Taylor: Rocket Raccoon is a walking, talking lesson in juxtaposition. At first glance, he looks likes one the lovable characters from the Looney Tunes gang. After all, he’s an anthropomorphic, talking woodland creature. However, this fuzzy exterior conceals his true nature as a loudmouthed, gun-crazy thief. If this contrast isn’t enough, he is frequently paired with the other Guardians of the Galaxy, a group that frequently saves the universe purely because it’s the right thing to do. This contrasts mightily with Rocket’s typical motivation of doing whatever job comes his way so long as the price is right. That being said, the juxtaposed nature that is intrinsic to Rocket should take center stage in a comic where he is the star. So is that the case in the latest series to bare his name?

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All-New Guardians of the Galaxy 1

Today, Ryan M. and Taylor are discussing All-New Guardians of the Galaxy 1, originally released May 3rd, 2017. As always, this article contains SPOILERS.

Ryan: The Guardians of the Galaxy are taking up a decent chunk of my brain right now. I am mentally unpacking the movie and all five (!!) post-credit sequences, so I can’t say that I came into All-New Guardians of the Galaxy 1 clean. That said, the timing of the release is not coincidental, so I know I’m not the only one with at least two takes on these characters rattling around in my head. Luckily, this is a first issue, so Gerry Duggan and Aaron Kuder offer a balance of fresh moments and necessary set up. Continue reading

Secret Wars 1

secret wars 1

Today, Ryan and Patrick are discussing Secret Wars 1, originally released May 6th, 2015. 

“Oh, best war ever…”

-General Nick Fury, Secret Wars 1

Ryan: Secret Wars grabs the baton from Jon Hickman’s Avengers/New Avengers beloved/despised/confusing “Time Runs Out” saga chronicling the futile struggle of Earth-616 against the collapse of the multiverse. Hickman dives in by tipping his hat to the concluding plot thread of Doom vs. The Beyonders, the significance of which — aside from helping to shrink the amount of surviving universes down to a baker’s dozen minus a bunch — is still a bit lost on me. The narration of the issue is provided by Reed Richards, and the first installment of this event belongs to him.

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Rocket Raccoon 10

rocket raccoon 10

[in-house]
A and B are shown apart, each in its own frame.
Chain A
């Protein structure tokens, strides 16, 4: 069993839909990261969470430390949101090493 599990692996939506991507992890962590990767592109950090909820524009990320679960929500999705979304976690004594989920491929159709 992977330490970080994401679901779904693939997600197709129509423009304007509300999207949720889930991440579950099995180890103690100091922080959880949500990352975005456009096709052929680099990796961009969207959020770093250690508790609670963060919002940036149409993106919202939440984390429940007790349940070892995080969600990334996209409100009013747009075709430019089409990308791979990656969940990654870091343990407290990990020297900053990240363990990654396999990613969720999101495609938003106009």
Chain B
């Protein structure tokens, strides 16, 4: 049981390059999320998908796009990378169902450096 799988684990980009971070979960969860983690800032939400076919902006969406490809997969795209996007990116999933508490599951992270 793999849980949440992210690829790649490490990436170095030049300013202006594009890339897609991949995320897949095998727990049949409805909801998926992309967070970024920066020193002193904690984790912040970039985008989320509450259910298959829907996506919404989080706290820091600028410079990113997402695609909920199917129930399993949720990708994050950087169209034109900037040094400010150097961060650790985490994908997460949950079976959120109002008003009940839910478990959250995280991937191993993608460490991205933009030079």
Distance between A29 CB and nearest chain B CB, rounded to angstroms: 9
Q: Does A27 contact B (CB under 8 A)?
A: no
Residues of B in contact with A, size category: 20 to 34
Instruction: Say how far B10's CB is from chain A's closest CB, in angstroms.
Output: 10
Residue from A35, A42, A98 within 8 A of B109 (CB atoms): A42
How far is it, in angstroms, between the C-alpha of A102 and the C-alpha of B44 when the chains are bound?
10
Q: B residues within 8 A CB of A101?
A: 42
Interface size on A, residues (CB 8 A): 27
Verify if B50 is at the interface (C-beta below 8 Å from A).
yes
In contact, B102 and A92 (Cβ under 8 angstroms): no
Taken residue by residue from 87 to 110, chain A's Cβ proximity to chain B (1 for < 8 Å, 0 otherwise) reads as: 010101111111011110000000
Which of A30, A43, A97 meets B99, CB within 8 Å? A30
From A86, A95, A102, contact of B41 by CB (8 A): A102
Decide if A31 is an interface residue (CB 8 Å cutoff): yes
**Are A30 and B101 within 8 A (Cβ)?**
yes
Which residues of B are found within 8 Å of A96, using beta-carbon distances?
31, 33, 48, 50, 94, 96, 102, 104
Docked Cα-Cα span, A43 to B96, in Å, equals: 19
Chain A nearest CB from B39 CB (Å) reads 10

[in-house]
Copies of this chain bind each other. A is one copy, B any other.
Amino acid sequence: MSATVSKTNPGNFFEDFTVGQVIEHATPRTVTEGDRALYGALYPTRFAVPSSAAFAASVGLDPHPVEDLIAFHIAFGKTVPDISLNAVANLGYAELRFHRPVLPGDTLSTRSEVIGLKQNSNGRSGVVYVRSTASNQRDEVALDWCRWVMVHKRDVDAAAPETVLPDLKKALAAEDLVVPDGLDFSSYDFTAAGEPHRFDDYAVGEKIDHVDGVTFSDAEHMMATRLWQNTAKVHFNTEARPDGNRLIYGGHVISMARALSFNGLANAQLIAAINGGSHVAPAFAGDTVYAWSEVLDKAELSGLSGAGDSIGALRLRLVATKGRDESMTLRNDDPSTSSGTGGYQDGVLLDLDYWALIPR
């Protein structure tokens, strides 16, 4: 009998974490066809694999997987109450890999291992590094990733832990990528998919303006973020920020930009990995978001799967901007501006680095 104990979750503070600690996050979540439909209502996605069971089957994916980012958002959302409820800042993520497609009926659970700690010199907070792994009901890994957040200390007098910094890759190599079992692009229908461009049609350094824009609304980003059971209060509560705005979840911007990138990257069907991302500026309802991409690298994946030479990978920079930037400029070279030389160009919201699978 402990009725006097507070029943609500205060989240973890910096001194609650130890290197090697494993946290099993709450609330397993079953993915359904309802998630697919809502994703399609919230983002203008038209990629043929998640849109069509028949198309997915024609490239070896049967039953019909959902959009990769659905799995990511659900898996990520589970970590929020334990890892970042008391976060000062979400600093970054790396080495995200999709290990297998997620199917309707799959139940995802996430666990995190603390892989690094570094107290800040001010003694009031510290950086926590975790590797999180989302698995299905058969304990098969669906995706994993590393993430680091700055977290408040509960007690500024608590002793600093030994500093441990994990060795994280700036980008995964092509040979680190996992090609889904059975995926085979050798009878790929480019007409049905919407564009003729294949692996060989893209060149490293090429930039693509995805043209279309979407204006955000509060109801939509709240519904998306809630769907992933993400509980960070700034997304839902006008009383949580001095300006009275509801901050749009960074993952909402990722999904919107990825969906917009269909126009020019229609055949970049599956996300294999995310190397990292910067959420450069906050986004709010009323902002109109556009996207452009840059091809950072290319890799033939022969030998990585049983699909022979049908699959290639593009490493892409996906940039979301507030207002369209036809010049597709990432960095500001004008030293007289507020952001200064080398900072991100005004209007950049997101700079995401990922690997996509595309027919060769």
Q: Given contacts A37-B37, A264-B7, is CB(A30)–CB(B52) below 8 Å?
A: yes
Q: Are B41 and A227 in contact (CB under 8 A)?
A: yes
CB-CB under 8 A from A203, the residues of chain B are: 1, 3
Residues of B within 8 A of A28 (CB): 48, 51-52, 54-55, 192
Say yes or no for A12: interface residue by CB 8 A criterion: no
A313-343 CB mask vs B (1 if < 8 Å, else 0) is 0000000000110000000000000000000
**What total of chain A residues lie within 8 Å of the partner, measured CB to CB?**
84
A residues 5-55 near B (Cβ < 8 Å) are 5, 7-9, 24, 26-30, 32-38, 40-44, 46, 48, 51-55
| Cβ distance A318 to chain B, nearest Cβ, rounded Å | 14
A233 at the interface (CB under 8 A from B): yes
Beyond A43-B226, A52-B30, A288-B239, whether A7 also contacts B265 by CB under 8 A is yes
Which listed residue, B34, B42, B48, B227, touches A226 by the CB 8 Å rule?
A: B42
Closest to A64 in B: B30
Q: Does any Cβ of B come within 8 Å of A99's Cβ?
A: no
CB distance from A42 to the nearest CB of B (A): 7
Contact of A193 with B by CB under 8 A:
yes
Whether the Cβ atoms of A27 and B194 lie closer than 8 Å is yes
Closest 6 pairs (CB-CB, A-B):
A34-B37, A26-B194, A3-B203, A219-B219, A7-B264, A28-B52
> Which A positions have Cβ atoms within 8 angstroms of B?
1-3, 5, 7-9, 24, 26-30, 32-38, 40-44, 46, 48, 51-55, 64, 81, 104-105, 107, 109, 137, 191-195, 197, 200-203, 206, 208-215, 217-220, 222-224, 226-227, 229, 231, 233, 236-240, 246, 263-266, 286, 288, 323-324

Today, Spencer and Drew are discussing Rocket Raccoon 10, originally released April 1st, 2015.

Spencer: Every comic character has a certain formula inherent to their stories. That’s not to say that every Batman or Superman story is the same, but think about how often you used to see Batman entangled in a death trap, or nowadays see him facing the destruction of his city, or Superman duking it out with a heavy-hitter over Metropolis. There’s more than enough variations on these stories to stop them from all being rehashes, but my point is that I can often just glance at a plot synopsis and immediately tell, “Oh yeah, that’s a Superman story” or “Oh yeah, that’s a Batman story. ” Skottie Young and Jake Parker’s Rocket Raccoon 10 is one of those issues that fits every requirement for a Rocket Raccoon story to a “t.” It’s very much a “standard” Rocket Raccoon story, but in achieving that status, it’s lost any sort of identity of its own. Instead of standing out, it blends in, to the point where I feel like I’ve read this story before. Continue reading

Rocket Raccoon 5

Alternating Currents: Rocket Raccoon 5, Drew and SpencerToday, Drew and Spencer are discussing Rocket Raccoon 5, originally released November 5th, 2014.

Drew: I think reading makes us bad at evaluating comics. Or, rather, the fact that literacy so far outstrips our art literacy that the art can often go unnoticed. I know from my own experience that there’s a tendency for beginning readers to just burn through the dialogue, barely paying any attention to the art. It’s these tendencies that make Stan Lee an inarguable household name, while Steve Ditko and Jack Kirby are only known by comic fans. Indeed, our focus on writing is so ingrained, it often takes a compelling dialogue-free issue (or sequence) to remind us that comics are a visual medium. With Rocket Raccoon 5, Skottie Young and Jake Parker deliver something of a goofy cousin of the silent issue, but one that nevertheless emphasizes just how much storytelling can be done with images alone. Continue reading